Let me start off by saying that I absolutely loved Sister Beck’s talk. I was almost as excited about it as Laura was about President Eyring in the First Presidency (she cheered out loud at that announcement). I don’t try to push my thoughts on those subjects here but I heard about a RadioWest show discussing the talk and I had to comment.
My basic impression of the show was that it was the typical dithering that we find whenever we try to tackle a spiritual topic from a secular viewpoint. The discussion rings hollow in many places. My favorite comment from the participants came from Julie Smith who pointed out that this talk was pointed specifically at mothers and that despite all the emphasis in the church on being mothers there is very little counsel directed specifically at mothers. On the other hand there was commentary such as the statement by Marie Cornwall (sp?) that the option to stay at home is not an economic reality for most people. She states that in Utah a family must have a minimum household income of $70,000 to purchase a median home. This is blatantly untrue. It is based on some economic assumptions that run counter to the counsel that has been given repeatedly to church members so those who live in that economic reality are undermining their own ability to follow this counsel being given now. The fact is that I purchased a very decent house less than 2 years ago and I could afford this house on just over half of the income that she cited. (To afford my house now with my current debt would require more than that, but I could still afford it at it’s current value on much less than $70K.)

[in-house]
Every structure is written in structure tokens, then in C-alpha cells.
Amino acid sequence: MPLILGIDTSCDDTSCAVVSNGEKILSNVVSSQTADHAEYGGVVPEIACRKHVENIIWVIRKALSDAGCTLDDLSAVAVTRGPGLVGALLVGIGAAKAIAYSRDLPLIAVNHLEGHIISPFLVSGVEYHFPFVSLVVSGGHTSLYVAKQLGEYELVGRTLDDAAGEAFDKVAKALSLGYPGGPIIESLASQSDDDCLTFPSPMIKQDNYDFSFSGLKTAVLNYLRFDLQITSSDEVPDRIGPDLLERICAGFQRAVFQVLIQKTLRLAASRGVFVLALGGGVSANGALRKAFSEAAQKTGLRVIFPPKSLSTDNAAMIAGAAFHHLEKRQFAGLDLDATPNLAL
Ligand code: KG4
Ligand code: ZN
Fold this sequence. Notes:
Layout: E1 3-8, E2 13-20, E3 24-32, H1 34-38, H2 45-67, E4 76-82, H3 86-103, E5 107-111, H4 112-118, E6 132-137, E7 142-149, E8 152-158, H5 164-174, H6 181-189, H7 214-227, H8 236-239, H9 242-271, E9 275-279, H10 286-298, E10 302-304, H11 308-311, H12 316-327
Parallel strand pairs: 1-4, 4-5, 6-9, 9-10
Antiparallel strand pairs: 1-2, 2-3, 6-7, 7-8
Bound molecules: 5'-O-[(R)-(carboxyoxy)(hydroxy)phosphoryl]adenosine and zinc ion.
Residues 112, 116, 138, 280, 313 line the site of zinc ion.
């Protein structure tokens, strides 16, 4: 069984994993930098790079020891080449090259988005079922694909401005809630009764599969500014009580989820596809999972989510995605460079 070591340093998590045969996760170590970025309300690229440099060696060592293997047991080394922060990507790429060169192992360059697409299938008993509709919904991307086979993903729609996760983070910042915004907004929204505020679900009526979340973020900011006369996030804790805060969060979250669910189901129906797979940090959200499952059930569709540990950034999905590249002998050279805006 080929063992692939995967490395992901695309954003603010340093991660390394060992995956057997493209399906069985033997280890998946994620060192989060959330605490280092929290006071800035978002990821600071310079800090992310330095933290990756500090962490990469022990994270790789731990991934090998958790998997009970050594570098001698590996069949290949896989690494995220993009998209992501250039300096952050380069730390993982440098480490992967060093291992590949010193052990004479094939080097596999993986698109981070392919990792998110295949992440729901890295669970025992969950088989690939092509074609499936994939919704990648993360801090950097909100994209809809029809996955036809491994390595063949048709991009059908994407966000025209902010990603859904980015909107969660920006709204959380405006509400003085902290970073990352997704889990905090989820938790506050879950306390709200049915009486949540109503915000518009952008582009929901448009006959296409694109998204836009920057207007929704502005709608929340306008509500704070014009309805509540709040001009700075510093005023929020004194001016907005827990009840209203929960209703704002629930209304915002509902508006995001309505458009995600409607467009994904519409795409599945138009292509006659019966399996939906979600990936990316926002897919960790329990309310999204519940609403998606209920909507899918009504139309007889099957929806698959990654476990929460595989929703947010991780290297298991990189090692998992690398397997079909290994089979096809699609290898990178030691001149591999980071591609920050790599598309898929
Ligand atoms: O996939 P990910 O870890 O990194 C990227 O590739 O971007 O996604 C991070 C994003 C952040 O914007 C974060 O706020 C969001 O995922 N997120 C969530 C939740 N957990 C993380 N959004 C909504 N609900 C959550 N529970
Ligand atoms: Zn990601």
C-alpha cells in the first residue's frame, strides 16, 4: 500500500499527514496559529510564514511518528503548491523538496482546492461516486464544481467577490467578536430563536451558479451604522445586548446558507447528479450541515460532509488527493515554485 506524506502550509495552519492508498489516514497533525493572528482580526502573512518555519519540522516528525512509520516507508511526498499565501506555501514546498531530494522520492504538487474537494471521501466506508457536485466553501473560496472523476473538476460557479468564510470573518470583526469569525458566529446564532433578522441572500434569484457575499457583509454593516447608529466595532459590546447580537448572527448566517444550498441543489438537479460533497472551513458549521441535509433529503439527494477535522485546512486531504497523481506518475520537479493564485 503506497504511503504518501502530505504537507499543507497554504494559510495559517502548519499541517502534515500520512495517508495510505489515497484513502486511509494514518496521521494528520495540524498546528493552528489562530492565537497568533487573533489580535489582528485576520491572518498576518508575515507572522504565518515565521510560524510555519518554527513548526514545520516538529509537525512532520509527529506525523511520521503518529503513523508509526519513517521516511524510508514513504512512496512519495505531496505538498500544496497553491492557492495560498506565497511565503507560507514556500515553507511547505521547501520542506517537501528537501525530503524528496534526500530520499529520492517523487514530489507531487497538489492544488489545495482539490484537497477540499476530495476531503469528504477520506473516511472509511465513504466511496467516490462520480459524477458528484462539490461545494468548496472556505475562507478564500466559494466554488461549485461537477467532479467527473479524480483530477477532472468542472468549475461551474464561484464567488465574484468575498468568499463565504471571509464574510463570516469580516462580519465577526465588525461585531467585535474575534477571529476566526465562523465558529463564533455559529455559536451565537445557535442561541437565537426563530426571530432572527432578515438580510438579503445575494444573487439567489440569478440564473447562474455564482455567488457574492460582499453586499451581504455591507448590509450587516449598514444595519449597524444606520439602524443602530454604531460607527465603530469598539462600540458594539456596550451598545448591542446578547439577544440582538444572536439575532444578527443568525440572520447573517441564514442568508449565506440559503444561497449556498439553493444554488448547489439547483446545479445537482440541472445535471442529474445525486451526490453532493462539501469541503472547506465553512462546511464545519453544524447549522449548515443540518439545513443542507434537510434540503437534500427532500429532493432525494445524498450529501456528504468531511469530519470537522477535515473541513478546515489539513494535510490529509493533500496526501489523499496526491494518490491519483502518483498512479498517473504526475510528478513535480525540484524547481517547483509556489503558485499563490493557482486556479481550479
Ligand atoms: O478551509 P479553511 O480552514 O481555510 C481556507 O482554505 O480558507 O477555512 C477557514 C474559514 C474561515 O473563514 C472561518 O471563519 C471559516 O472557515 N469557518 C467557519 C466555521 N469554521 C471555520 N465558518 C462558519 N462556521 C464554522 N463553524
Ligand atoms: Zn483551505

The last caller, Reina (sp?) from Pocatello, expressed the same sentiments that I have and that Laura has as someone who has chosen to stay at home that the talk was right on. She nailed the truth with “if the talk is taken in the spirit that she delivered it there is no way that anyone can be offended mom or not, stay-at-home mom or working mom.”
I not only listened to the show, but I tracked down some of the blogosphere discussion that was referenced in the show (Julie Smith, Kristine, TftCarrie, fMhLisa). I found that most discussion seemed to miss the point of the talk that our focus in parenting (mothering specifically) needs to change. There was plenty of discussion about how the high standards illustrated in the talk make some people feel guilty. I have long been concerned as I looked at the mothers in my neighborhood that even those who are following all the counsel of staying at home to raise their children are doing too much. They engage in so many activities that their children do not get the highest level of mother’s attention that they need. Those who have tried to avoid the pull of a society that tells the lie that you can do everything found this talk very validating because it made it much easier to let go of the pull of the world that wants us to tear ourselves apart having it all.
Sister Beck was telling us to make a choice and quit trying to be everything to everyone all the time. We have to accept that a woman can’t be a great employee, and a great mother, and a great community activist, and everything else which she might want to do well all at the same time. (In the same vein a father can’t be a great father, and a great breadwinner, and a great activist, and a pursue every hobby to which he is inclined at the same time.) I believe that women can “have it all” if they choose, but not all at once nor should they feel pressured into choosing to “have it all.” My mother-in-law is a great example of this. She chose to postpone her education when she started having children. She eventually finished her college degree after three of her children had finished theirs and she now works because she feels the desire to work. I guarantee that she is happier to have raised her children by giving them her undivided attention than she would have been if she had tried to do all of that at once.